Emily Johnson and Karyn Recollet
Kinstillatory Mappings in Light and Dark Matter

July 11, 2024

Join us with unrelentingly gorgeous offerings from Danielle Olana Jagelski, Ty Fierce Metteba, and Ms. Josephine. Gather with us, the honey locust, evening light, sonic poems, viola callings, and song. The fires this spring and summer have been inspiring, tender, familial, and remedying. This is the fire before our summer pause.

Kinstillatory Mappings in Light and Dark Matter is an ongoing project of Emily Johnson and Karyn Recollet. The fire itself is a process, a way to bring us out of the catastrophe of now. A lot is happening in the time/space envelope of the kinstillatory that is care, that is necessary. This is a practice of provocating. This is an offering of seed, of vessel, of protection, and of becomingness.

Image by Maria Baranova


Understanding Kinstillatory Mappings in Light and Dark Matter


About Emily Johnson and Karyn Recollet

Emily Johnson, originally from Alaska, is an artist who makes body-based work and the artistic director of her performance company, Emily Johnson/Catalyst. A Bessie Award-winning choreographer, Guggenheim Fellow, and recipient of the Doris Duke Artist Award, she is based on the Lower East Side of Manahatta in Lenapehoking. Emily is of the Yup’ik Nation and since 1998 has created work that considers the experience of sensing and seeing performance. She is a land and water protector and an activist for justice, sovereignty, and well-being. Her dances function as portals and installations, engaging audiences within and through space, time, and environment–interacting with a place’s architecture, people, land, history, and role in community. Emily is a co-compiler of the document Creating New Futures: Guidelines toward Ethics and Equity in the Performing Arts, is developing a Global First Nations Performance Network with colleagues Reuben Roqueni, Ed Bourgeois, Ronee Penoi, Lori Pourier, Vallejo Ganter; and has hosted ceremonial fires in partnership with Abrons Arts Center on the Lower East Side since 2017.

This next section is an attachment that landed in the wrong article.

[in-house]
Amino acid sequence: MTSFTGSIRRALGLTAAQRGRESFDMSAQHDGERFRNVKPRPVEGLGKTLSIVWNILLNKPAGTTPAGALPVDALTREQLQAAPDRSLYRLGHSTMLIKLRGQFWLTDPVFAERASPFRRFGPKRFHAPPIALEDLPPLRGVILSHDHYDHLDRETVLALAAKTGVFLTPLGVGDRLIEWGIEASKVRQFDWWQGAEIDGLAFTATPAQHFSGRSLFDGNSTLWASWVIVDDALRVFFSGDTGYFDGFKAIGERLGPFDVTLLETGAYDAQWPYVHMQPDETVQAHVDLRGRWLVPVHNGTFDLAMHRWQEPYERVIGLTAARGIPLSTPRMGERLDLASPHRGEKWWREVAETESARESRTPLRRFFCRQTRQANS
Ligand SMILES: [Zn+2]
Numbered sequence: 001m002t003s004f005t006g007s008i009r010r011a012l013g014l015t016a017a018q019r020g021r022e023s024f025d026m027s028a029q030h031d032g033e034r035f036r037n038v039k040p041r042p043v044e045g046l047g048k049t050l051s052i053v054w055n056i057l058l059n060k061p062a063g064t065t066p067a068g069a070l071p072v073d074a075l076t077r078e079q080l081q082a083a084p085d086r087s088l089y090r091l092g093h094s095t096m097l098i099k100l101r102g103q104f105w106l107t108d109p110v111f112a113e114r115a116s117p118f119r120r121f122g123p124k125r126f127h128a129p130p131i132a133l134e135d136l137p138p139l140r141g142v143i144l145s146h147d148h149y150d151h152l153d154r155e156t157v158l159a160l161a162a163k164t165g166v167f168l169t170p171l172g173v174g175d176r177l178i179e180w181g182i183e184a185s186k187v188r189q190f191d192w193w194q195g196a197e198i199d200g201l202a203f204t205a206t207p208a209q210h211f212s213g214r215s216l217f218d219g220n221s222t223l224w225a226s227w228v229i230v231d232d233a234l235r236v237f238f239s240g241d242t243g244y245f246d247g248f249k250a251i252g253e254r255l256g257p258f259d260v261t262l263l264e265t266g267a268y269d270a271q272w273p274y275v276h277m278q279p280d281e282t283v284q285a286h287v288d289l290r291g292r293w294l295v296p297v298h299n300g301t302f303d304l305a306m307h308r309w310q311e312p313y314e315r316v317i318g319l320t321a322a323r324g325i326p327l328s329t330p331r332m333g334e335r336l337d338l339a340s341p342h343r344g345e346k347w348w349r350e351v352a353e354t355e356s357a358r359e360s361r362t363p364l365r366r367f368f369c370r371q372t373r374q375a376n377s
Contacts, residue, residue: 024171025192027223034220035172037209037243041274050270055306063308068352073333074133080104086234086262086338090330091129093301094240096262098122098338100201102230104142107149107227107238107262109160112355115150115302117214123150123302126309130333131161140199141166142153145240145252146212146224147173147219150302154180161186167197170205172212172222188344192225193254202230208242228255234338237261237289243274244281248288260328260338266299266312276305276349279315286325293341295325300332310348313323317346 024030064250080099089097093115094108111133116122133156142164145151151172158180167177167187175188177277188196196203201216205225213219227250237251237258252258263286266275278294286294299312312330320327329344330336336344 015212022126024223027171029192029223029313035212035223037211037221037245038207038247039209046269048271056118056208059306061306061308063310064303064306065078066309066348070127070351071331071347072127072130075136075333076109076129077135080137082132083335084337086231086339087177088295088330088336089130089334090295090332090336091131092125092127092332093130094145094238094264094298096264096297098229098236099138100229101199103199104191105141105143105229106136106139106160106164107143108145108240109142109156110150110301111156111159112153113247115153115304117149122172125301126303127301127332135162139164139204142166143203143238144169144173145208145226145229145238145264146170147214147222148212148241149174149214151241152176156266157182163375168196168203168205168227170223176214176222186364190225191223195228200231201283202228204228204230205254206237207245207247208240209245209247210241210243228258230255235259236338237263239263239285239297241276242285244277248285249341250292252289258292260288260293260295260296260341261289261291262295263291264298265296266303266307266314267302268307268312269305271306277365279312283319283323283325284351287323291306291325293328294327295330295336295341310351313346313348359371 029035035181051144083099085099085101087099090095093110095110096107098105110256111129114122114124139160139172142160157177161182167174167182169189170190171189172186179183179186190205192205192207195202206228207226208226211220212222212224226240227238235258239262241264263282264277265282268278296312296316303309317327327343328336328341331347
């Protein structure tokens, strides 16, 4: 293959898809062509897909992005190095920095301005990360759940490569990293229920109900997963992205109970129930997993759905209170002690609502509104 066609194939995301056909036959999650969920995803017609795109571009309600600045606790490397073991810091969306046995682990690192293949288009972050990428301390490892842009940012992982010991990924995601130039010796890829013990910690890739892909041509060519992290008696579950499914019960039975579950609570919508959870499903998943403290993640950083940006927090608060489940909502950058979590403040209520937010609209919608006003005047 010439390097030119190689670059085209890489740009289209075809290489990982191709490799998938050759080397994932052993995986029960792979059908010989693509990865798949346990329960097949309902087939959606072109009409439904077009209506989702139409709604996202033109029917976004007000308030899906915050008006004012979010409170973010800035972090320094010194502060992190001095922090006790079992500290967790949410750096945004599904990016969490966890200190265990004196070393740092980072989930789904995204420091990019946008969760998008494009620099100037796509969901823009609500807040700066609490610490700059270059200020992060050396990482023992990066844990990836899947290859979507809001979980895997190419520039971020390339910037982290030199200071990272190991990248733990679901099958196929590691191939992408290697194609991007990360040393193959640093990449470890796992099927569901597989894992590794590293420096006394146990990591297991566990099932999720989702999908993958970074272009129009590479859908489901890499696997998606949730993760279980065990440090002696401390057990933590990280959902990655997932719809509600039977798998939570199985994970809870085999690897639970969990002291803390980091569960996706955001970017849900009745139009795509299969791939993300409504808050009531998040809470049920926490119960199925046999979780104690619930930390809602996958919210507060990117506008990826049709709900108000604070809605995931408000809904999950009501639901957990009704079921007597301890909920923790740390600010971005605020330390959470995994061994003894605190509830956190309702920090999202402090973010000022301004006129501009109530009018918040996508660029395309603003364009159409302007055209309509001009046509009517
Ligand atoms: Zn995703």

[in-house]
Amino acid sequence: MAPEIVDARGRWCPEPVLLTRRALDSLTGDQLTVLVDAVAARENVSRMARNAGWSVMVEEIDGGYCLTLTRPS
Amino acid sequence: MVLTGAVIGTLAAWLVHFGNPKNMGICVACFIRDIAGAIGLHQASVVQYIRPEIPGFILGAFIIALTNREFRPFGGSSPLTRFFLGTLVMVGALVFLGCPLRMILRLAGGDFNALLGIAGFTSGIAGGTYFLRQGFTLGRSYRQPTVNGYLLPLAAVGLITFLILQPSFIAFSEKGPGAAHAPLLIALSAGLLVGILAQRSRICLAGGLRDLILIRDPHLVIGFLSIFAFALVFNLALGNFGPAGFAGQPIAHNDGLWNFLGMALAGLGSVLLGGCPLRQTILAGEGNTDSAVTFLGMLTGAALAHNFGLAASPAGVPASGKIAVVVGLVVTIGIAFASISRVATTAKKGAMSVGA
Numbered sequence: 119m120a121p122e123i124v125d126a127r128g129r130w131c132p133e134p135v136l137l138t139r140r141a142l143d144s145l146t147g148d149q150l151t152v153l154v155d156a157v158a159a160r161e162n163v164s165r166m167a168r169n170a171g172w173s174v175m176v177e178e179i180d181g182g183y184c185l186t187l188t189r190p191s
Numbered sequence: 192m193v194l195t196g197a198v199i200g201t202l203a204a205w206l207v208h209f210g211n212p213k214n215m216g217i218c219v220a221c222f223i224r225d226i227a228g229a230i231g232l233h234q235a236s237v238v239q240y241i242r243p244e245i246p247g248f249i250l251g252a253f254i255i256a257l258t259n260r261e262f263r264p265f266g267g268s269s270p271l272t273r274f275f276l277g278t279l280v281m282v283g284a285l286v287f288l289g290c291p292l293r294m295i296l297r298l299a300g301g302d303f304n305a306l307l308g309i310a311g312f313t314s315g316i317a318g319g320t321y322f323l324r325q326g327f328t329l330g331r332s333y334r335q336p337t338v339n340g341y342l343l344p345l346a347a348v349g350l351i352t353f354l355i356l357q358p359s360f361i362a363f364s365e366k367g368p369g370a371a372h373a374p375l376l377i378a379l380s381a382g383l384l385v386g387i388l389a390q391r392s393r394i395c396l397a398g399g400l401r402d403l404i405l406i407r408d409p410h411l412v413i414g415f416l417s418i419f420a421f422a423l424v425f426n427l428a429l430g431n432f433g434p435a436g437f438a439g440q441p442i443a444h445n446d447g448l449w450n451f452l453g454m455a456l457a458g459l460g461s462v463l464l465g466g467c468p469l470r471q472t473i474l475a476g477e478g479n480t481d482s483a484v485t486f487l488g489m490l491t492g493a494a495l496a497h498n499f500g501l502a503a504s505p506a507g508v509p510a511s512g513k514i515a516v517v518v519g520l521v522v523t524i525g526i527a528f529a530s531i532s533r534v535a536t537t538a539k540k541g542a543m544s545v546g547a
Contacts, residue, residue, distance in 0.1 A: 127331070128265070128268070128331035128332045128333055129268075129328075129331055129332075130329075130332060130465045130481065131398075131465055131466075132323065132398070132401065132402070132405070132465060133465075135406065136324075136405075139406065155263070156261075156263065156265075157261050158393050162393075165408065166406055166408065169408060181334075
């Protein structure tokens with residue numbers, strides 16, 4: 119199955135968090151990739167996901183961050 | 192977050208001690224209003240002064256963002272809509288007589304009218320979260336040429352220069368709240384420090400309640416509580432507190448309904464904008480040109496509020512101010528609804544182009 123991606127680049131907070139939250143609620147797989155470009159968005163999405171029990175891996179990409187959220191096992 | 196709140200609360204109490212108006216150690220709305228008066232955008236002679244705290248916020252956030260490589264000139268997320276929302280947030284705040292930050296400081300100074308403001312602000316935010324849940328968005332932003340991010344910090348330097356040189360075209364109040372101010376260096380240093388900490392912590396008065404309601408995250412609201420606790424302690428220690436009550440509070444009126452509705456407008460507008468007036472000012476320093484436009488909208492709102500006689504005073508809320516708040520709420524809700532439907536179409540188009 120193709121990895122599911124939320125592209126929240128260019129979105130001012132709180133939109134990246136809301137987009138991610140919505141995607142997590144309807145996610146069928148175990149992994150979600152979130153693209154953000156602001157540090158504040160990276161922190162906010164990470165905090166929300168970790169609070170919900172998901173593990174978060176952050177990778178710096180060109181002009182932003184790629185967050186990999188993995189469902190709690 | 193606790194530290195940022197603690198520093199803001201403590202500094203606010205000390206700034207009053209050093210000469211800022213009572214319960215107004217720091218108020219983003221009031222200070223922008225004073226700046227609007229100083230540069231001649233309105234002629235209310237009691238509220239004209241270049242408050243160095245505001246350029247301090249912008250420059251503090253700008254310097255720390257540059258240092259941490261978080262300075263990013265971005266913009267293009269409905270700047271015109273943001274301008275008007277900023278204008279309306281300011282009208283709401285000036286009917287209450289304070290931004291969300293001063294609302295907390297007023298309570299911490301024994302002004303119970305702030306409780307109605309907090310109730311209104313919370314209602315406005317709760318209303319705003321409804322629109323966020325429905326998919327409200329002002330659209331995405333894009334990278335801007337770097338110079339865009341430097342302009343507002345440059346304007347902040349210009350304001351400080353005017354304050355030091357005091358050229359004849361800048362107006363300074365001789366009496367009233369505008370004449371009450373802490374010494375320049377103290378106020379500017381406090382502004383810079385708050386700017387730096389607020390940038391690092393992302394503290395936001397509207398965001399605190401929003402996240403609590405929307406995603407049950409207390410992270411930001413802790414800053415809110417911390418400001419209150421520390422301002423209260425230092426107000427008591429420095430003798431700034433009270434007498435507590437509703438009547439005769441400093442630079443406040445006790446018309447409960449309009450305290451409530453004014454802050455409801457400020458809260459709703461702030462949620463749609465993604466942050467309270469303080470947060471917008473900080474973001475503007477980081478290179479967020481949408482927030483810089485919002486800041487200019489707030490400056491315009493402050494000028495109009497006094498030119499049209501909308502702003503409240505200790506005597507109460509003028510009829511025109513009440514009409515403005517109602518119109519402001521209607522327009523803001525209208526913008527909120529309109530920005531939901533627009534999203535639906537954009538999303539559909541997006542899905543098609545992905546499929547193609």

Karyn Recollet Ph.D. is an Assistant Professor in the Women and Gender Studies Institute at the University of Toronto, Ontario, Canada. She is an urban Cree scholar/writer currently living in the Williams Treaty territory, and teaching in the Dish with One Spoon treaty territory. Recollet explores celestial land pedagogies as ‘kinstillatory’ in her work, expressing an understanding of land pedagogy that exceeds the terrestrial. Recollet thinks alongside dance making practices, hip hop, and visual/digital art as they relate to forms of Indigenous futurities and relational practices of being. Recollet co-writes with dance choreographers and artists engaged in other mediums to expand upon methodologies that consider land relationships and kinship making practices that are going to take us into the future.

Danielle Olana Jagelski

Danielle Olana Jagelski is a composer, conductor, and creative producer. She is the Artistic Director of Renegade Opera, Producer for First Nation Performing Arts, and Faculty at the Manhattan School of Music Pre-College Division.